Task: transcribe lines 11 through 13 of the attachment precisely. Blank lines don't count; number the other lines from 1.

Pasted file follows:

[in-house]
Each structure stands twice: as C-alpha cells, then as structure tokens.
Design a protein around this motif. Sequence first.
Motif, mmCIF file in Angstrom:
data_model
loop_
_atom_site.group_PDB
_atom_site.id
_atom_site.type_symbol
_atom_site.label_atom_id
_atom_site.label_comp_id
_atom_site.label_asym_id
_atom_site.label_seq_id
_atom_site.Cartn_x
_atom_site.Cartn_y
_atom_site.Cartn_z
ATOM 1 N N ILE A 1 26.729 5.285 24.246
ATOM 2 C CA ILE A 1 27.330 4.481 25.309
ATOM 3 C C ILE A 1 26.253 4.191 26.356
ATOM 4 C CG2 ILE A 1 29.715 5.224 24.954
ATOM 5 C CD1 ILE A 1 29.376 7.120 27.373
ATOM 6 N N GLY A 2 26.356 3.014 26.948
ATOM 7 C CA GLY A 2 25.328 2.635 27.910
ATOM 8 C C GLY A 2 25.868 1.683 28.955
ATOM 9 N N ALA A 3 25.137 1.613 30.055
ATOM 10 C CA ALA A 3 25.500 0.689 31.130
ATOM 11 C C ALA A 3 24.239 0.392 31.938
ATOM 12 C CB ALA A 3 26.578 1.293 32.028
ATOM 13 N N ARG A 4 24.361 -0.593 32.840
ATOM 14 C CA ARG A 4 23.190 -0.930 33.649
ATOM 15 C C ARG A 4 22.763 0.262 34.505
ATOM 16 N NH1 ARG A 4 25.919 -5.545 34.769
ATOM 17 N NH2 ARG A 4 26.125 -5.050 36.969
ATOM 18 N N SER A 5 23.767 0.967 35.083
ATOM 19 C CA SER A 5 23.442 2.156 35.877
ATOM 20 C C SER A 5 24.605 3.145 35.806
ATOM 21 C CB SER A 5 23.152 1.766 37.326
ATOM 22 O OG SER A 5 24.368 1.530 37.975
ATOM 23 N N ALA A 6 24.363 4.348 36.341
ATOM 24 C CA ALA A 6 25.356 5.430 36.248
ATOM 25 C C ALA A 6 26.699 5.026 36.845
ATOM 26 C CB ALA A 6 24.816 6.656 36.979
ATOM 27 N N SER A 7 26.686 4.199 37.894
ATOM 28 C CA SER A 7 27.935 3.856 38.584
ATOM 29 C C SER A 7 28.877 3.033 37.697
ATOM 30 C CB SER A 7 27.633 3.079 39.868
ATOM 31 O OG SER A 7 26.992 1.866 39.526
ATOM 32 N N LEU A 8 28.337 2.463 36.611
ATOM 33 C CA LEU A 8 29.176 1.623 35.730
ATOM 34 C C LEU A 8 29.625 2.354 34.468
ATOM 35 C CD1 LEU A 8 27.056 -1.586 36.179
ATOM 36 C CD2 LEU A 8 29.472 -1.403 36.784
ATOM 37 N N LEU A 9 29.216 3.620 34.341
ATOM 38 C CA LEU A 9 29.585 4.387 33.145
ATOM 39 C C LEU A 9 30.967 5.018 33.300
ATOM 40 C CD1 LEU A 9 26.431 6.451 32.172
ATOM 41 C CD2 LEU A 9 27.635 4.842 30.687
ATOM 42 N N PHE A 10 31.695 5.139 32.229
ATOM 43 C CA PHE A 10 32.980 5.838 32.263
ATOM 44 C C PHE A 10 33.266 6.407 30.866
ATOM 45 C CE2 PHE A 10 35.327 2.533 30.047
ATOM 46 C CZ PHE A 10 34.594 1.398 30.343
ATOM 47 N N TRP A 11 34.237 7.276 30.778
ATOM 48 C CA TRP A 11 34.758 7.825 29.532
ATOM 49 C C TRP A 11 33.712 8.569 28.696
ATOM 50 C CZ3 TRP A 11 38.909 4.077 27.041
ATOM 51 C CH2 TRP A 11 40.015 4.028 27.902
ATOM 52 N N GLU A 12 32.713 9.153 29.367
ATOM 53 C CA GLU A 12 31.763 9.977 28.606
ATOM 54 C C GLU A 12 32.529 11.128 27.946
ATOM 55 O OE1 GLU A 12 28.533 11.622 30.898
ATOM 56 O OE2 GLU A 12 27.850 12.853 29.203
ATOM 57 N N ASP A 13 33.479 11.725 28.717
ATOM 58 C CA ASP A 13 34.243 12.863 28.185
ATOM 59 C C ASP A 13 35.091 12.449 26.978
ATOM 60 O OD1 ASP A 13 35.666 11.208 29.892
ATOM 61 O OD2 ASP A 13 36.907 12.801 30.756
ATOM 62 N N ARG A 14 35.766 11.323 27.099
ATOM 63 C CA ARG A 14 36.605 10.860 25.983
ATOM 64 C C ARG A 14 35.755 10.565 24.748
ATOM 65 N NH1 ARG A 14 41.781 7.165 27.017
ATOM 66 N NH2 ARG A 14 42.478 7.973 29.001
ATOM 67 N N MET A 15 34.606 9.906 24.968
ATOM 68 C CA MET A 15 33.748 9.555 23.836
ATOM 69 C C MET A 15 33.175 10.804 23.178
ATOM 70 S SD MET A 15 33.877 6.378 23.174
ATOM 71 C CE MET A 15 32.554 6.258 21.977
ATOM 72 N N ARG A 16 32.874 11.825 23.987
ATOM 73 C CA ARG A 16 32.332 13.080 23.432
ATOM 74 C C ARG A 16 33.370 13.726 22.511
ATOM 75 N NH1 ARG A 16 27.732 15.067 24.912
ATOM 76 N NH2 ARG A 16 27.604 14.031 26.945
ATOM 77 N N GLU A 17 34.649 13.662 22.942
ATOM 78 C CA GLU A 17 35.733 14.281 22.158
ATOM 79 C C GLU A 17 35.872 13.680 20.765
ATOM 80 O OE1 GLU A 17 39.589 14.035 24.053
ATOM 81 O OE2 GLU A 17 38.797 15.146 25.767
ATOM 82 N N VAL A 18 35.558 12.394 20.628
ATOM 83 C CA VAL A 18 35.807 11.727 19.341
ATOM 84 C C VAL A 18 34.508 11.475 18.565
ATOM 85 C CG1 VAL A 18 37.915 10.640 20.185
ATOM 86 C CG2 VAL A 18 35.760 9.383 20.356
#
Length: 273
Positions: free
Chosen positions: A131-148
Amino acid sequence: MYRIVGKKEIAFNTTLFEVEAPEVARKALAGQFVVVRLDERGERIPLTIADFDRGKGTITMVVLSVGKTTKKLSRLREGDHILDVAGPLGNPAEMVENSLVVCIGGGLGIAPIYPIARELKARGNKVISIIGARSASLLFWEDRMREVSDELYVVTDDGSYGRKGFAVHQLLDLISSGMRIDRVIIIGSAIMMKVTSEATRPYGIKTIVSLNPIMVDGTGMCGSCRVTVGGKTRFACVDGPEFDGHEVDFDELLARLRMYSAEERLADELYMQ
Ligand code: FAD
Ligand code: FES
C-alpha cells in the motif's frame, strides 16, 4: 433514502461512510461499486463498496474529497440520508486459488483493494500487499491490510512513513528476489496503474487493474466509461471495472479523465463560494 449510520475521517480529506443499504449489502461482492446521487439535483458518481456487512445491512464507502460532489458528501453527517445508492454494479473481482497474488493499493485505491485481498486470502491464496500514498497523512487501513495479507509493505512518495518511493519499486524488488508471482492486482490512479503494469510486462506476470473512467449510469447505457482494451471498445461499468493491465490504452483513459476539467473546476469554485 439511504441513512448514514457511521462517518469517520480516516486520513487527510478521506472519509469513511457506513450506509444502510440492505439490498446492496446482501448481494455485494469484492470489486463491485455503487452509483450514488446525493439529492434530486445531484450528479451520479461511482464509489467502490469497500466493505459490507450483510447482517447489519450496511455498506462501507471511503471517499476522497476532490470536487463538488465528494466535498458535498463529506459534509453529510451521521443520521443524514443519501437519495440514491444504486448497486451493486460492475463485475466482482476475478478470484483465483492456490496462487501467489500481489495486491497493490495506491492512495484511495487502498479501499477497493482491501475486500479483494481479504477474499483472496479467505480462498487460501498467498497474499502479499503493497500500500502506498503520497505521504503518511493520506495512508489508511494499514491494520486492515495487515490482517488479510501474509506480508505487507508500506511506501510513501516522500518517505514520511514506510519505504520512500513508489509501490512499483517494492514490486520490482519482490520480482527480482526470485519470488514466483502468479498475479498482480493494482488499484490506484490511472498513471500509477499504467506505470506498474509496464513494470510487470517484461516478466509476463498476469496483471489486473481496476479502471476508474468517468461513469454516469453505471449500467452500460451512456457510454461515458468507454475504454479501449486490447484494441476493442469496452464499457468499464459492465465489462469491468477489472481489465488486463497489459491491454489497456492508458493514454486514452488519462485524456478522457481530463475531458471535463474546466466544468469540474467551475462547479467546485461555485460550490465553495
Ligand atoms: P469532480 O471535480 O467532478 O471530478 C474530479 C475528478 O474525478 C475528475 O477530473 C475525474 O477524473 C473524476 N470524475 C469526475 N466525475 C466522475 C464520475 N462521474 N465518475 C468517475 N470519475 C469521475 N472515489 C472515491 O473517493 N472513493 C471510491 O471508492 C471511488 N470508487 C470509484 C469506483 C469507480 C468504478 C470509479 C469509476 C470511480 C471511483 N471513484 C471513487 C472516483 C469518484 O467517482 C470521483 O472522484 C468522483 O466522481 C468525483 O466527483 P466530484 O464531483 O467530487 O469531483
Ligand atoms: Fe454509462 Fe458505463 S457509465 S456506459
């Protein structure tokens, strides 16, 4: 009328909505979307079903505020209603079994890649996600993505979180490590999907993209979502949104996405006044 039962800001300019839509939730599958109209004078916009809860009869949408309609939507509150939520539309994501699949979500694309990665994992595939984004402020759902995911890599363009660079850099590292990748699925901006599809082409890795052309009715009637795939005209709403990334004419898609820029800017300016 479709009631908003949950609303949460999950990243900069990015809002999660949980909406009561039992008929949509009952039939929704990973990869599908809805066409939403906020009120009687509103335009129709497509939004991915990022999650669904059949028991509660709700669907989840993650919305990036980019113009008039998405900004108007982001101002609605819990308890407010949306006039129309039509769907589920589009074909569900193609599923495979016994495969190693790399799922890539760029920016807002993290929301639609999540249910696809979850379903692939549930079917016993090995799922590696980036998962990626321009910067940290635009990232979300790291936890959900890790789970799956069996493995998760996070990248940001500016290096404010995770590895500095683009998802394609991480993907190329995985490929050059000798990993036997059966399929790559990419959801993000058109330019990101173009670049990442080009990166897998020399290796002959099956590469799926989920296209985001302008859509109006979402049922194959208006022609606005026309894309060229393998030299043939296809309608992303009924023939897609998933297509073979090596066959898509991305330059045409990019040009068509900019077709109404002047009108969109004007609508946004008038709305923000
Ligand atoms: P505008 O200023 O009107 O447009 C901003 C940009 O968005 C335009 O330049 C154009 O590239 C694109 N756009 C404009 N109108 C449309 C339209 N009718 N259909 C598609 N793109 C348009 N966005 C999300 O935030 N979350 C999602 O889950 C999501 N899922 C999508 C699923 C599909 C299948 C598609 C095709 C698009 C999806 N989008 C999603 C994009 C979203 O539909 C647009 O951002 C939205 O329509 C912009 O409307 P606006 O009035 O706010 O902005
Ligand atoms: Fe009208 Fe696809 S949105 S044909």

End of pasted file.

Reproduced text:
_atom_site.label_comp_id
_atom_site.label_asym_id
_atom_site.label_seq_id